So one of my best friends is from Britain, and she’s been living here in Berkeley for the past eight months or so. She just found out that the Department of Homeland Security, without any explanation, just rejected her application for a Visa extension, which used to be a routine procedure. This means that she is immediately an illegal alien and must leave the country in 3-4 days. Every day she stays from now on counts against her and could severely impact her chances of coming back to the U.S. So now she has about 72 hours to buy a ticket back to England, and leave her life and boyfriend behind. Naturally, they’re very distraught.

This just makes me furious, because a) it makes no sense at all [1] and b) there’s nothing I can do about it. This impotence is the most frustrating. Can anyone who supports our current immigration policies justify this? Aughghgh.

[1] She’s in love with America, and even majored in American Studies as an undergraduate in England. She is not milking any welfare or public services here. What’s the problem?


The new (and, by now, old) hot item in our office is Geosense, a great little game for improving your geography skills. (Click on “Visit”, then on “Play Alone”; you’re scored by a combination of how close you are and how fast you click.) Can anyone beat my officemate Dave’s record of 6300?


If you had to give up either listening to music or watching movies, which would it be? For me (and most people, I think) it’s a no-brainer: a movie is an immersive medium, in which the watchers essentially participate in the same experience, whereas music is more subjective: it augments whatever else it is you’re doing (or thinking about), and thus is somehow far more expressive and powerful. So movies would have to go.

However, Bill suggested a tougher question: what about music vs. fiction books? Books are still immersive, but somehow more personal (mutable?) than movies. It’s a tough call.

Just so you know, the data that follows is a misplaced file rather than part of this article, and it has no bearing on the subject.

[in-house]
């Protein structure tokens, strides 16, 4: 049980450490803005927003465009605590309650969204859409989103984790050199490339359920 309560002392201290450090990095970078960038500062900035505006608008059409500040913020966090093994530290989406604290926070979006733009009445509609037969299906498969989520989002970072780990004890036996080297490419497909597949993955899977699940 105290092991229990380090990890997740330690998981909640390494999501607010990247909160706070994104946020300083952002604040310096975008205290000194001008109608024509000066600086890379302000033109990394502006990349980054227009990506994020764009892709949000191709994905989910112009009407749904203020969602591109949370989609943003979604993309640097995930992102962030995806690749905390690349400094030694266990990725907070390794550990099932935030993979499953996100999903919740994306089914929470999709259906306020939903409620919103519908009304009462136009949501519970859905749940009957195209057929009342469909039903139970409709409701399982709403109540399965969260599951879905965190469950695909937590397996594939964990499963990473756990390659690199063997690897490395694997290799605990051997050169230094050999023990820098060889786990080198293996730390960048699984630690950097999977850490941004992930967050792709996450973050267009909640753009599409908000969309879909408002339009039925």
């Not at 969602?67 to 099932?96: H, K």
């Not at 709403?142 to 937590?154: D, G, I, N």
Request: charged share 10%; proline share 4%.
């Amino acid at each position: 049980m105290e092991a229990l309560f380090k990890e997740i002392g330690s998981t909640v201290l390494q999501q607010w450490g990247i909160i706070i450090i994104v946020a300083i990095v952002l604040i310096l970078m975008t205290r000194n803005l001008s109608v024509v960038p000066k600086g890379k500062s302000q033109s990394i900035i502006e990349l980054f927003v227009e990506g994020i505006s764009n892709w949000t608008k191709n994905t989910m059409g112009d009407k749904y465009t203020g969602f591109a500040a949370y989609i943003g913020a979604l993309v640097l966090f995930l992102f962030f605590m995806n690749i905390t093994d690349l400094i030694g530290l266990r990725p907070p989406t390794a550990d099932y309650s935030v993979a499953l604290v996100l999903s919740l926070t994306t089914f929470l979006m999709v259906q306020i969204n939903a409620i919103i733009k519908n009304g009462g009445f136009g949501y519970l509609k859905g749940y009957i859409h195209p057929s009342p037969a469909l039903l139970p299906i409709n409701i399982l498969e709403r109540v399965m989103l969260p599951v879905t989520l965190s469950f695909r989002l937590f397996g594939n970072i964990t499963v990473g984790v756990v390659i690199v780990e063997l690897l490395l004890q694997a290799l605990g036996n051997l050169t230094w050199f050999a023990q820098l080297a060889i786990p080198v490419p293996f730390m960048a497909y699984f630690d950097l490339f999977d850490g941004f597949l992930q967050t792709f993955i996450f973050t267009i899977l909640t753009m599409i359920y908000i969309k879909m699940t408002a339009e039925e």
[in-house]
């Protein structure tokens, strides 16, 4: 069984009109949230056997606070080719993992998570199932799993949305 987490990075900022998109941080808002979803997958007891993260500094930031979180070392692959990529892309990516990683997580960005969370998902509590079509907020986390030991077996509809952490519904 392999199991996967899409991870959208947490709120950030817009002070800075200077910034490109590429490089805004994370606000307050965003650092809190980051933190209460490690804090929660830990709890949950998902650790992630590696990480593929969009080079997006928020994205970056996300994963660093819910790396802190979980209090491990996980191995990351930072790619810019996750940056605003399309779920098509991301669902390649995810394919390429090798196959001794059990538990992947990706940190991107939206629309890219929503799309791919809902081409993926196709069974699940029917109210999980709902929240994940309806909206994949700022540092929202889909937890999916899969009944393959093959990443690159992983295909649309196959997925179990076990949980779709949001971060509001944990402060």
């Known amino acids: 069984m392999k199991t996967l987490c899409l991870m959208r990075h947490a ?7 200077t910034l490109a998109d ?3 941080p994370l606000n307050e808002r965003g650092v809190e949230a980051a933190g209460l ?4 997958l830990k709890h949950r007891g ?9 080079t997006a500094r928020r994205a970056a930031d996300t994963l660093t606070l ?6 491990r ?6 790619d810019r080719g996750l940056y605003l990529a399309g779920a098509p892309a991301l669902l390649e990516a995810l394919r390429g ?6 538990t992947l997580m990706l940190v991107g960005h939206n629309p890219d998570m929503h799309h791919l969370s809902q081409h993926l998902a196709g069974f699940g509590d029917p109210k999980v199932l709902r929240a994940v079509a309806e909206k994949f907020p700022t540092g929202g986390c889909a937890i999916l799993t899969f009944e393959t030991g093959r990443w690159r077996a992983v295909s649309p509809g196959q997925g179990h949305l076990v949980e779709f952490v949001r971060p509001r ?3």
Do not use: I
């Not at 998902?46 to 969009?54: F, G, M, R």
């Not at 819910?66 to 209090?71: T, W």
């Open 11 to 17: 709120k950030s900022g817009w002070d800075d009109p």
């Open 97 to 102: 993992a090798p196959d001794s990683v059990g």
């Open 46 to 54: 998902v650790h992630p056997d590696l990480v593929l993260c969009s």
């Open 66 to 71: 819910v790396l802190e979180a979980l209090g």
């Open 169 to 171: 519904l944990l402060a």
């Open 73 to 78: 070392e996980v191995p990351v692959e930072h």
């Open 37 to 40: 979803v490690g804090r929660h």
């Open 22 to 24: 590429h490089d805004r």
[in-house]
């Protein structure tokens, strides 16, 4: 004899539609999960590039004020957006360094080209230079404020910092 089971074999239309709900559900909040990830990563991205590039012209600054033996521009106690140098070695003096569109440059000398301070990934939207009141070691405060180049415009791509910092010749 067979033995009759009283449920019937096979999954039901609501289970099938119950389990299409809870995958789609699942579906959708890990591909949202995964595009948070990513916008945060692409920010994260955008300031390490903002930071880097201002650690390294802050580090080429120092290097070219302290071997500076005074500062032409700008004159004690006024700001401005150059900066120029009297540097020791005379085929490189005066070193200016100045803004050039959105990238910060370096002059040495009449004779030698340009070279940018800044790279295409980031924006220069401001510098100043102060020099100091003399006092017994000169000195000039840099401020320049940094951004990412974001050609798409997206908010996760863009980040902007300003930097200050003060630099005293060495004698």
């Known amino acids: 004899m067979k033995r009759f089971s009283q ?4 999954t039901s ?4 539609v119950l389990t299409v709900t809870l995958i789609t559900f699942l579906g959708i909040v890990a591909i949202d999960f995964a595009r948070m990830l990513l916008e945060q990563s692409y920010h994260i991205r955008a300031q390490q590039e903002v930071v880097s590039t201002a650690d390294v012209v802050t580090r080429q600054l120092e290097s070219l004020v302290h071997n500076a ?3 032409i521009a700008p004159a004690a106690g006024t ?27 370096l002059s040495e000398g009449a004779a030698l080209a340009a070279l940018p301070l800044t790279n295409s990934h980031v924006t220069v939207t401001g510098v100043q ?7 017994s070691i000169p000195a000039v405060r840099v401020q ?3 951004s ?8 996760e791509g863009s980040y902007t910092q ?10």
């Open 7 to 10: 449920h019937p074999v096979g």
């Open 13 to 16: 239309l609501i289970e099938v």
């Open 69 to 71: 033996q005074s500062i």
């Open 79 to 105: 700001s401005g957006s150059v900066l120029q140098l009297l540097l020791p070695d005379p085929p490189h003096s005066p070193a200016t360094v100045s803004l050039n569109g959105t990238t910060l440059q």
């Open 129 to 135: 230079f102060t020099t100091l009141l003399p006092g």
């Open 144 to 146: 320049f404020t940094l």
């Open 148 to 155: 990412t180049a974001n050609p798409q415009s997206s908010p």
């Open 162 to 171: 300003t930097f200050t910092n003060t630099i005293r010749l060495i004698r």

Speaking of books, I’ve been reading a couple on these cross-country flights. I was really looking forward to Blink, by Malcolm Gladwell, simply because of his kick-ass articles in the New Yorker. Turns out it’s a bit of a letdown, consisting mostly of an amalgamation of already-published pieces, loosely tied together by a very suspect overall argument. The Mystery of Consciousness (John Searle), which I’m reading now, is far more convincingly argued, and in fact is one of the most lucid books I’ve ever read.

I also finally read His Dark Materials, by Philip Pullman, after having it recommended to me by many people. The quality of writing wasn’t always great, and there were some plot holes that drove me absolutely nuts, but on the whole I found it inventive, bold, imaginative, and powerful. For a trilogy of “kids’ books”, it’s astoundingly ambitious. Definitely recommended.


I’ve come to the point where I’m no longer limited by opportunity, or money, or ambition, but simply by time: I just don’t have enough time to do all the things I want to do. Does this mean I’ve grown up? Because it sucks.


Once I was in a trinket shop with some friends, and we were looking at a Magic Eight Ball, a toy that randomly answers “Yes”, “No”, “Ask Again Later”, etc. when you ask something. One of my (male) friends — let’s call him Liverpool — asked it the classic snide question “Is AJ gay?”

The Eight Ball’s response? “In Your Dreams”. Haha — talk about a great backfire.


I just came back from Wing and Jen’s wedding in Boston. I can’t believe how many people I knew: from my high school, from college, and from work. Even the new people I met there were awesome. I seriously think that I’ll never attend another wedding — even my own — in which I’ll know as many people.

You might start gagging if I were to heap the appropriate number of superlatives on the bride and groom (they really do deserve it!), so I won’t. But it was an all-around wonderful experience.

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